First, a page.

Ok so, I want to just go ahead and follow up with this thread that I posted yesterday. I wanted to say thank you for your suggestions. I did some more research on the subject of exactly what metrorrhagia is and includes. Like I said yesterday, I didn't think that code 626.6 fit either because I felt that these codes were solely for premenopausal women. From the researching that I did, I came to the understanding that postmenopausal bleeding, regardless of the cause, is postmenopausal bleeding. I'm going to go ahead and post the info I got just for the added knowledge.


    Metrorrhagia Types
    Metrorrhagia refers to uterine bleeding that is not related to menstruation, a normal uterine bleeding every 21 to 35 days which is a result of the shedding of the endometrium, the inner lining of the uterus. Any bleeding outside the normal menstruation period is a type of abnormal vaginal bleeding and a sign that something is wrong.

    Metrorrhagia, sometimes referred as intermenstrual bleeding can be a sign of various disorders including an underlying medical condition but it does not necessarily indicates a serious health problem although it can be also a symptom of a cancer. Abnormal uterine bleeding is most often a result of hormonal imbalances which may cause only spotting or heavy bleeding between the menstrual periods. It is most common in girls who just started menstruating and in women in perimenopause or before menopause. Hormonal imbalances may also result in menometrorrhagia, a type of metrorrhagia which is characterized by prolonged or severe uterine bleeding that is not related to menstruation as well as in dysfunctional uterine bleeding. This condition is characterized by abnormal uterine bleeding and is commonly related to hormonal changes although the exact causes often remain unknown.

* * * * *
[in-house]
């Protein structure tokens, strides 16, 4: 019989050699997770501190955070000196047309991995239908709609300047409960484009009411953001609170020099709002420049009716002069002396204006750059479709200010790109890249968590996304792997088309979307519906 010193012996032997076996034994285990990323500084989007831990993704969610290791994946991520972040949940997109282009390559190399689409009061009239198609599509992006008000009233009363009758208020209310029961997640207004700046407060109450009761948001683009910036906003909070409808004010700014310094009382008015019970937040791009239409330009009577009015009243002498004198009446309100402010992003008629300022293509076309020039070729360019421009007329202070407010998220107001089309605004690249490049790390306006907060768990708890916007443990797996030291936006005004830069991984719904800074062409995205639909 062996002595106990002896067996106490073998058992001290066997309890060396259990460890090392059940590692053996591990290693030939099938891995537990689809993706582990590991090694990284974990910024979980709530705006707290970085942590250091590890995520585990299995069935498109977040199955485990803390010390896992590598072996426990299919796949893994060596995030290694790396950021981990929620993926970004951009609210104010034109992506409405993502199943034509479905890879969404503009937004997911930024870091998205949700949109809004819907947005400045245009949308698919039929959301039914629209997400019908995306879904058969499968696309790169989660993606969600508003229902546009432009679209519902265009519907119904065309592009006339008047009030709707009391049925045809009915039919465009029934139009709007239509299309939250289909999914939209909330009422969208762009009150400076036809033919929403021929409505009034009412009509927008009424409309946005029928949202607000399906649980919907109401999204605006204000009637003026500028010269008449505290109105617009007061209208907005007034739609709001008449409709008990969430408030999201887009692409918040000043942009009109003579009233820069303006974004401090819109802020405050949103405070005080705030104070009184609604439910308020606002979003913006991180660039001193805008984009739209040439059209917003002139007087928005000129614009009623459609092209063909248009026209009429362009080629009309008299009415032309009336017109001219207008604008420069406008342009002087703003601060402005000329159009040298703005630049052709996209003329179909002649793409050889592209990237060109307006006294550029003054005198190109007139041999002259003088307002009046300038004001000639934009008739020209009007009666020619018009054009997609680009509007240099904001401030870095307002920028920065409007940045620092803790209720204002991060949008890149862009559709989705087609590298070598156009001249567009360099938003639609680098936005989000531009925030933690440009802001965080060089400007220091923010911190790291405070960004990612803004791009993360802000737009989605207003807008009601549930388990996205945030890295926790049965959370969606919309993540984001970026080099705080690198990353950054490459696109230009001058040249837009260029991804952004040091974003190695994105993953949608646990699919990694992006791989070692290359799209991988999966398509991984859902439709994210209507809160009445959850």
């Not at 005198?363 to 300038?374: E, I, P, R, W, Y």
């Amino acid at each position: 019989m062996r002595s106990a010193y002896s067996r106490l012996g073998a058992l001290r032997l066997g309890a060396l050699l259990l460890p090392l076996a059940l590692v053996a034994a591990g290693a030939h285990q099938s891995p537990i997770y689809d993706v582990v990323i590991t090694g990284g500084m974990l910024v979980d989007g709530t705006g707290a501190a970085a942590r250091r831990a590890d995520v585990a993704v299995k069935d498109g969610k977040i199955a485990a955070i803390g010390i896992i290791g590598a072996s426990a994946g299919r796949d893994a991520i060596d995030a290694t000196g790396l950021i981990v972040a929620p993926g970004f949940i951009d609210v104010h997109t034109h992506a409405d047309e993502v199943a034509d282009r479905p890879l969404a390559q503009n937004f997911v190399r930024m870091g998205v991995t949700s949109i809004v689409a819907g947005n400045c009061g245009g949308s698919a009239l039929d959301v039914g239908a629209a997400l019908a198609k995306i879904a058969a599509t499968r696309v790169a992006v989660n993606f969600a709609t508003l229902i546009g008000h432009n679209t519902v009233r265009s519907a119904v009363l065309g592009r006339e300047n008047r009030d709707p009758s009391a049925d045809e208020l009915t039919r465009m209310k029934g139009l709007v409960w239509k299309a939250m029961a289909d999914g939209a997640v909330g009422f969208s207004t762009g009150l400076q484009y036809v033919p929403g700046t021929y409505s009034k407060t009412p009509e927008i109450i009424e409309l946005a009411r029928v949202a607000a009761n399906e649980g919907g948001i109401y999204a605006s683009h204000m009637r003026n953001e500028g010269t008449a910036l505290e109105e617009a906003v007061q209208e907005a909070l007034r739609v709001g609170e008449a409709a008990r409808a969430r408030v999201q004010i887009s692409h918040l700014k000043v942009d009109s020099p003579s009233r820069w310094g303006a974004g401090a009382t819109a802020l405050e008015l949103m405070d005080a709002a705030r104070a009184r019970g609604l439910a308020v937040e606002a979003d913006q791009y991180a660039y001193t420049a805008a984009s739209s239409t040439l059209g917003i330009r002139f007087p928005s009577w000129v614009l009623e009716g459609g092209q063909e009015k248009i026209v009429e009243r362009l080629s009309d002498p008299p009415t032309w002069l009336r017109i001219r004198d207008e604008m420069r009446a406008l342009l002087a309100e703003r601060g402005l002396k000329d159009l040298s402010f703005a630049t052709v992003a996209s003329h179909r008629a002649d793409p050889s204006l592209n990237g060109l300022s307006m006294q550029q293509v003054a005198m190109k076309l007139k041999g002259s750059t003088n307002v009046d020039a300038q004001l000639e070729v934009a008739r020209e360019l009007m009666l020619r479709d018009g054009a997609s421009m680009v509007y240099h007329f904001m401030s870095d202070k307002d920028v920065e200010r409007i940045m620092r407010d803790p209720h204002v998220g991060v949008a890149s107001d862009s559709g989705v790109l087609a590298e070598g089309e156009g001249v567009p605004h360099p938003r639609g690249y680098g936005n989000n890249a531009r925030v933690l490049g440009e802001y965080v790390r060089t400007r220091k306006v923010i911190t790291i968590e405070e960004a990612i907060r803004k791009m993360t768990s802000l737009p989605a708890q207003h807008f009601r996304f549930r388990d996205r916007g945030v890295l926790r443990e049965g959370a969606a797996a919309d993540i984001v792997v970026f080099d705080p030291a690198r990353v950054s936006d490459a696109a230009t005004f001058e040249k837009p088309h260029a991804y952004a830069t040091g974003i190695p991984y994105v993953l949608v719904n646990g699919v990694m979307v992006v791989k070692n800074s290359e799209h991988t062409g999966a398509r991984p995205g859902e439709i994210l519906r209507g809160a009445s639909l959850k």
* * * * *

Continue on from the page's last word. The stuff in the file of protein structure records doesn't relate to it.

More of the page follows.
Dysfunctional uterine bleeding (DUB) is categorized into two types, known as the ovulatory dysfunctional uterine bleeding and anovulatory dysfunctional uterine bleeding. The first type of DUB occurs in women who are ovulating but the anovulatory DUB is responsible for approximately 90% of DUB. Anovulatory DUB is characterized by inappropriately developed and released egg resulting in excessive growth of the endometrium, an inner lining of the uterus. This type of DUB typically results in delayed periods which are typically heavy and prolonged. It can be caused by a large number of factors but the exact cause often remains unknown.

    Very common type of metrorrhagia is also the so-called post coital bleeding which occurs after sexual intercourse but may also occur spontaneously. Another type of metrorrhagia is also the so-called mid cycle spotting. It usually occurs ten to fifteen days after the last menstruation period and is experienced by approximately 30% of girls and women at certain point of life. Mid cycle spotting usually is not indicating a serious underlying medical condition and is most often caused by hormonal imbalances. Intermenstrual bleeding and acute bleeding are sometimes used as a synonym for mid cycle spotting but both terms may also refer to uterine bleeding of different amounts between the normal menstrual periods. Metrorrhagia that occurs in postmenopausal women is known as postmenopausal bleeding.